Say $U=\frac{X}{Y}$. X and Y are independent with each other. X is a Uniform distribution r.v. $X\sim \mathcal{U}(0,1)$. Y is an exponential distribution r.v., $Y\sim\mathcal{Exp}(\lambda)$, whose pdf is $f_Y(y)=\lambda e^{-\lambda y}$. What is the distribution of U? I tried to tackle this problem by caluculating the CDF, as follows:

$F_U(U)=Pr(\frac{X}{Y}\leq U)=Pr(Y\geq \frac{X}{U})=\int_{0}^{1}\int_{\frac{X}{U}}^{\infty}\lambda e^{-\lambda y}dy dx=\frac{U}{\lambda}(1-e^{\frac{\lambda}{U}})$. But this is clearly not right. Because when $u\rightarrow \infty$, $F_{U}(U)\rightarrow \infty$ instead of 1. I want to know what is the mistake that i have made.

  • $\begingroup$ Please include what you have tried. Furthermore, without assuming anything about the joint distribution of $(X,Y)$, e.g. independence, nothing can be said about $U$. $\endgroup$ – Stefan Hansen Jul 21 '14 at 15:44
  • $\begingroup$ What is your thought on this problem so far? Have you look up the definition of what it means for $U=\frac{Y}{X}$? If you did, what details have you managed to work out? $\endgroup$ – Gina Jul 21 '14 at 15:44
  • $\begingroup$ thanks for your comments. The question has been updated $\endgroup$ – DouglasKeuk Jul 21 '14 at 15:57

Remark: The question has changed. The solution below is for $X$ and $Y$ as described in the question as first posed, where we were looking at $\frac{Y}{X}$ with $Y$ uniform and $X$ exponential. We will not edit that solution, since the general idea can be used to deal with variants.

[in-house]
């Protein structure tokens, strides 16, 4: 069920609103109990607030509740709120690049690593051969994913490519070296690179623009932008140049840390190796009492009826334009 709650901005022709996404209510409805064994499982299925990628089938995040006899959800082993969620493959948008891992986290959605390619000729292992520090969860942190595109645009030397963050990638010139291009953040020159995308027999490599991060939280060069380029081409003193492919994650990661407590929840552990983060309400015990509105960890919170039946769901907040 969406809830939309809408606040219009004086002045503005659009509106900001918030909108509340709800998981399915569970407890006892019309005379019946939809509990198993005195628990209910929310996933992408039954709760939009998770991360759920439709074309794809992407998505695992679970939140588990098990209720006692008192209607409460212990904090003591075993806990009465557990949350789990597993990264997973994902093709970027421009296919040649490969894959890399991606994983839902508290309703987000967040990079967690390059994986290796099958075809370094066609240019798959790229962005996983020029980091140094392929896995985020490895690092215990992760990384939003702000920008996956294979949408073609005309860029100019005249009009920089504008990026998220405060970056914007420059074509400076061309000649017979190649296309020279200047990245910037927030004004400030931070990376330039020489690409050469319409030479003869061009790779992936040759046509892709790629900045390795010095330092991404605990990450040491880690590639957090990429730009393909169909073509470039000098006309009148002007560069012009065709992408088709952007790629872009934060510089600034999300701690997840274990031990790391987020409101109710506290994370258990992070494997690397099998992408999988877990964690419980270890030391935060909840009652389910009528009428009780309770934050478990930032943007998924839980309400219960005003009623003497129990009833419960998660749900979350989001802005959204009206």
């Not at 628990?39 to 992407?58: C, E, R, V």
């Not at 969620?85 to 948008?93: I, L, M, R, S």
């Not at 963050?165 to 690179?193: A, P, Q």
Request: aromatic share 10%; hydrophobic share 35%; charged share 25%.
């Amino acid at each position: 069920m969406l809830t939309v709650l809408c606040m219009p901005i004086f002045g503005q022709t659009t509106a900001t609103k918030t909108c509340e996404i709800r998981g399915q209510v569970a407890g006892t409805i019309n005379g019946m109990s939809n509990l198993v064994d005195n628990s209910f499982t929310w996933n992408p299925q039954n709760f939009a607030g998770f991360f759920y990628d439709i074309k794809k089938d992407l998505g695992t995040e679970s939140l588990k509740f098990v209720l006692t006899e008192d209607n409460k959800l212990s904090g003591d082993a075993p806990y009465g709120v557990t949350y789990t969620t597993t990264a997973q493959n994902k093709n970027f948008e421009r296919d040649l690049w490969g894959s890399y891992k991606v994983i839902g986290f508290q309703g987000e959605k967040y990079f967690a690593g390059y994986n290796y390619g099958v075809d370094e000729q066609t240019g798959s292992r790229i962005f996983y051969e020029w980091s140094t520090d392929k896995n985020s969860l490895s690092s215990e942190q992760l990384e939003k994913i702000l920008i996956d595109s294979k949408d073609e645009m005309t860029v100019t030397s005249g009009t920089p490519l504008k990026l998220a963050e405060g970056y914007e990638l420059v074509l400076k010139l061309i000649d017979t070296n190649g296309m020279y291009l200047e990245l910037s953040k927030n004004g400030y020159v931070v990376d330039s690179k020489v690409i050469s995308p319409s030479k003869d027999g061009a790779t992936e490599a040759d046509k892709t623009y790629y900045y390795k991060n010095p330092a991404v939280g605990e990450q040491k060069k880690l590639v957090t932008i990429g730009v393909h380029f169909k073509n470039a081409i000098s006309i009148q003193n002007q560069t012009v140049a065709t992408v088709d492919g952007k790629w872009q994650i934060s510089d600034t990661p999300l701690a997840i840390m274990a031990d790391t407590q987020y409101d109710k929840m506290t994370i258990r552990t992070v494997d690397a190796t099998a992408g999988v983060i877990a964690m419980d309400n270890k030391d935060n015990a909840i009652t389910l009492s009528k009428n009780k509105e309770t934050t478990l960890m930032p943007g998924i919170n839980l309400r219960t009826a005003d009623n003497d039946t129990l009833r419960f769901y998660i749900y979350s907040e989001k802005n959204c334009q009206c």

Solution to original problem:

We give the random variable another name, like $W$, so that $U$ will not do double duty. We find the cumulative distribution function $F(w)$ of $W$, and then differentiate to find the density. So for fixed $w\gt 0$, we find $\Pr(W\le w)$, that is, $\Pr(Y\le wX)$.

We will assume, as we are probably expected to assume, that $X$ and $Y$ are independent. The problem should really have specified this.

There is a typo in the density function of $X$. It is $\lambda e^{-\lambda x}$ for $x\gt 0$.

Draw the line $y=wx$. We want the probability that $(X,Y)$ ends up below that line. It is easier to find the probability of the complement, which is the probability that $(X,Y)$ ends up in the triangle with corners $(0,0)$, $(1/w,1)$, and $(0,1)$. Integrate. We get $$1-F(w)=\int_{x=0}^{1/w}\int_{y=wx}^1 \lambda e^{-\lambda x}\,dy\,dx.$$ The integration with respect to $y$ is trivial, and the second integration is not too bad. And we do not even have to integrate. If all we want is the density we can differentiate under the integral sign.

  • $\begingroup$ your result is the same as mine. But the result is not correct since when $w\rightarrow \infty$, $F(w)\neq 1$ $\endgroup$ – DouglasKeuk Jul 21 '14 at 16:44
  • $\begingroup$ Note that $1-F(w)$, as described in the displayed formula of the answer above, goes to $0$ as $w$ blows up. So $F(w)$ goes to $1$. The fact that the double integral goes to $0$ can be seen without evaluating, since the second interval of integration has length $1/w$. $\endgroup$ – André Nicolas Jul 21 '14 at 16:56
  • $\begingroup$ Ding it in the order you used, so integrating out $x$ first, which is easier than my approach, we get $e^{-\lambda/w}$. This approaches $1$ as $w\to\infty$. $\endgroup$ – André Nicolas Jul 21 '14 at 17:29
  • $\begingroup$ I have tested this result. My result as well as that of andre are both correct. We need to user the L'hopital's law as follows $\lim_{w\rightarrow\infty}\frac{1-e^{\lambda/w}}{\lambda/w}=1$ $\endgroup$ – DouglasKeuk Jul 21 '14 at 22:59

I have tested this result. My result as well as that of andre are both correct. We need to user the L'hopital's law as follows



Your Answer

By clicking “Post Your Answer”, you agree to our terms of service, privacy policy and cookie policy

Not the answer you're looking for? Browse other questions tagged or ask your own question.